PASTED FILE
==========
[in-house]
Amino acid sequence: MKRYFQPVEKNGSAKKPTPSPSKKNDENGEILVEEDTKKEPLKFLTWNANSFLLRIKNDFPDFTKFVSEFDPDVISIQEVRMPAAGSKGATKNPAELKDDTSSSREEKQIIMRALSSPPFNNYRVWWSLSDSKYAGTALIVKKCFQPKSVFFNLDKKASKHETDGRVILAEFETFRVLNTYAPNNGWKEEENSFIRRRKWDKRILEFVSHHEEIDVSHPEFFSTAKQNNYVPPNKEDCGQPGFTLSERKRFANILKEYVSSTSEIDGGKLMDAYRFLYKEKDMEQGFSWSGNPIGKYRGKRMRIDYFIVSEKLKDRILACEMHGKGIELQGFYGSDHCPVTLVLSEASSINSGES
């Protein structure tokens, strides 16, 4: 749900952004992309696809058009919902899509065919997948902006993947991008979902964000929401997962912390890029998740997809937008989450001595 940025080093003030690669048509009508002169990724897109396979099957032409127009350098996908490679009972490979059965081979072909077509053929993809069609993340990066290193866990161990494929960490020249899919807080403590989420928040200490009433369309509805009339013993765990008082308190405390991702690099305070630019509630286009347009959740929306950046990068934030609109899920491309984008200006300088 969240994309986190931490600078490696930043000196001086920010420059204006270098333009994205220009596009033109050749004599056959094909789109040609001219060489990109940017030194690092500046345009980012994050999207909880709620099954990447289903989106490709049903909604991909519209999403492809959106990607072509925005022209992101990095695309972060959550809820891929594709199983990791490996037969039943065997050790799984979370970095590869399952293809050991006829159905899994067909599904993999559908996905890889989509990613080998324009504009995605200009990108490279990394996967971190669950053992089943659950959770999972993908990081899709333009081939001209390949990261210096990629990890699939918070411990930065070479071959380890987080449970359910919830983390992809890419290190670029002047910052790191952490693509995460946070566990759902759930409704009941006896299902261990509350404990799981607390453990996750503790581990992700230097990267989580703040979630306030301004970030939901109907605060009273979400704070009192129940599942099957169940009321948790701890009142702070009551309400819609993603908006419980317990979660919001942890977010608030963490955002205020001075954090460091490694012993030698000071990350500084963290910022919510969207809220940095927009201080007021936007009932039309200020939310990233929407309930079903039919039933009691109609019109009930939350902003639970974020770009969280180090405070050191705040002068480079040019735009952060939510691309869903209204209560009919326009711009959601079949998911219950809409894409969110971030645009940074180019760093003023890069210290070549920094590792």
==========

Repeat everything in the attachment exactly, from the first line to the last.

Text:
[in-house]
Amino acid sequence: MKRYFQPVEKNGSAKKPTPSPSKKNDENGEILVEEDTKKEPLKFLTWNANSFLLRIKNDFPDFTKFVSEFDPDVISIQEVRMPAAGSKGATKNPAELKDDTSSSREEKQIIMRALSSPPFNNYRVWWSLSDSKYAGTALIVKKCFQPKSVFFNLDKKASKHETDGRVILAEFETFRVLNTYAPNNGWKEEENSFIRRRKWDKRILEFVSHHEEIDVSHPEFFSTAKQNNYVPPNKEDCGQPGFTLSERKRFANILKEYVSSTSEIDGGKLMDAYRFLYKEKDMEQGFSWSGNPIGKYRGKRMRIDYFIVSEKLKDRILACEMHGKGIELQGFYGSDHCPVTLVLSEASSINSGES
């Protein structure tokens, strides 16, 4: 749900952004992309696809058009919902899509065919997948902006993947991008979902964000929401997962912390890029998740997809937008989450001595 940025080093003030690669048509009508002169990724897109396979099957032409127009350098996908490679009972490979059965081979072909077509053929993809069609993340990066290193866990161990494929960490020249899919807080403590989420928040200490009433369309509805009339013993765990008082308190405390991702690099305070630019509630286009347009959740929306950046990068934030609109899920491309984008200006300088 969240994309986190931490600078490696930043000196001086920010420059204006270098333009994205220009596009033109050749004599056959094909789109040609001219060489990109940017030194690092500046345009980012994050999207909880709620099954990447289903989106490709049903909604991909519209999403492809959106990607072509925005022209992101990095695309972060959550809820891929594709199983990791490996037969039943065997050790799984979370970095590869399952293809050991006829159905899994067909599904993999559908996905890889989509990613080998324009504009995605200009990108490279990394996967971190669950053992089943659950959770999972993908990081899709333009081939001209390949990261210096990629990890699939918070411990930065070479071959380890987080449970359910919830983390992809890419290190670029002047910052790191952490693509995460946070566990759902759930409704009941006896299902261990509350404990799981607390453990996750503790581990992700230097990267989580703040979630306030301004970030939901109907605060009273979400704070009192129940599942099957169940009321948790701890009142702070009551309400819609993603908006419980317990979660919001942890977010608030963490955002205020001075954090460091490694012993030698000071990350500084963290910022919510969207809220940095927009201080007021936007009932039309200020939310990233929407309930079903039919039933009691109609019109009930939350902003639970974020770009969280180090405070050191705040002068480079040019735009952060939510691309869903209204209560009919326009711009959601079949998911219950809409894409969110971030645009940074180019760093003023890069210290070549920094590792």